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Banned Skenderbeu could face further sanctions over match-fixing
December 7, 2016 / 8:16 PM / a year ago

Banned Skenderbeu could face further sanctions over match-fixing

GENEVA (Reuters) - Albanian champions Skenderbeu, already banned from European competition over alleged match-fixing, could face further sanctions, a leading UEFA official said on Wednesday.

Emilio Garcia, head of UEFA’s disciplinary and integrity unit, said it was a landmark case as the Court of Arbitration for Sport (CAS) had accepted UEFA evidence which was based partly on irregular betting patterns.

Skenderbeu were given a one-year ban from European competition in June but Garcia said that was an administrative decision and investigations were continuing with the possibility of further sanctions.

The club, Albanian champions for the last six seasons, appealed to CAS shortly after the ban was imposed but lost.

“The case affirms the reliability of UEFA’s betting fraud detection system (BFDS) in identifying abnormal betting patterns on matches played by the Albanian club at European and domestic levels,” said UEFA at the time.

Match-fixing is usually instigated by criminal gangs who bribe players or referees to manipulate a game and make thousands or millions of dollars by betting on the outcome.

UEFA and global soccer body FIFA monitor betting patterns to alert them to possible cases.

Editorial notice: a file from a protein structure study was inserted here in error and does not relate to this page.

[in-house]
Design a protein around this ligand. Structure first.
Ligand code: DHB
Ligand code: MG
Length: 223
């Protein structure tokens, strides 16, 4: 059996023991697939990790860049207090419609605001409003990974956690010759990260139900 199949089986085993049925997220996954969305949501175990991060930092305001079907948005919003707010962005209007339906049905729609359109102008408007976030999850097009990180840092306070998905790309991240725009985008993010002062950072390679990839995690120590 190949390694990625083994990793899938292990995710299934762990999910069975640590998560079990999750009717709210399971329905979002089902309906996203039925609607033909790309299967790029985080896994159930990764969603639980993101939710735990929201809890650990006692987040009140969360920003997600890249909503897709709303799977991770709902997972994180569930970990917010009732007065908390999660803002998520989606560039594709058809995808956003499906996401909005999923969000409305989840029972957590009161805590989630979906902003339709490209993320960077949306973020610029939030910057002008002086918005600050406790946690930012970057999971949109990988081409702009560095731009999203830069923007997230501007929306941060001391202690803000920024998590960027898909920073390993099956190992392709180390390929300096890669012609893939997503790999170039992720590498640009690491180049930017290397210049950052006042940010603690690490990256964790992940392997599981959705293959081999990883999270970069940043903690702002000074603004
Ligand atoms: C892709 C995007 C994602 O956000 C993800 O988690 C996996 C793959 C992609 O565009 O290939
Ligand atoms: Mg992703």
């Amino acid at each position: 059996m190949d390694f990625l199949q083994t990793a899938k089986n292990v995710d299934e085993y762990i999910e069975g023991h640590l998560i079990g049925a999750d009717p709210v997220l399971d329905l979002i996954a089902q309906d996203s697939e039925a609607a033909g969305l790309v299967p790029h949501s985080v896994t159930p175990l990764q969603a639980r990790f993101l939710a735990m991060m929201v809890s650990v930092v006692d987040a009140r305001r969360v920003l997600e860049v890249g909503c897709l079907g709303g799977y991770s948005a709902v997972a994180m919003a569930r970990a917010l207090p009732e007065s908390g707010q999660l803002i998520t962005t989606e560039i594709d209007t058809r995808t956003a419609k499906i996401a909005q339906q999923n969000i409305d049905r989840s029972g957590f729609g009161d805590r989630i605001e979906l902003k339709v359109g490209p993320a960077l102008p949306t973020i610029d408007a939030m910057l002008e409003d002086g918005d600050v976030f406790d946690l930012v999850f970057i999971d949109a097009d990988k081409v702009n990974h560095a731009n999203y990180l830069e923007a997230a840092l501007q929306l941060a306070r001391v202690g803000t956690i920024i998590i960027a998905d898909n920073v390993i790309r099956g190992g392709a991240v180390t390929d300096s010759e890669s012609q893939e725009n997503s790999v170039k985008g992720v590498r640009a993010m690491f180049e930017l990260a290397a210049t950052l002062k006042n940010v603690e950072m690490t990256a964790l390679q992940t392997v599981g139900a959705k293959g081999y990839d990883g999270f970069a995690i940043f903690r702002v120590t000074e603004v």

Giving some rare insight into a match-fixing investigation, Garcia said Skenderbeu could have been involved in up to 50 cases of match-fixing domestically in the last few years.

Speaking at the International Sports Convention in Geneva, he said UEFA had made several trips to Albania but last year “we realised that we had wasted enough time and money”.

“It was really difficult to collaborate with local authorities,” he added.

Garcia said that UEFA were able to act after suspecting that two Champions League and two Europa League matches involving the club had also been manipulated.

Garcia said that the CAS ruling to accept unusual betting patterns as evidence would make it easier to ban future offenders, describing it as match-fixing’s equivalent of the “biological passport” used to combat doping in sport.

However, he said that CAS would not accept betting patterns alone and would need additional evidence such as video footage of the matches in question.

Editing by Clare Fallon

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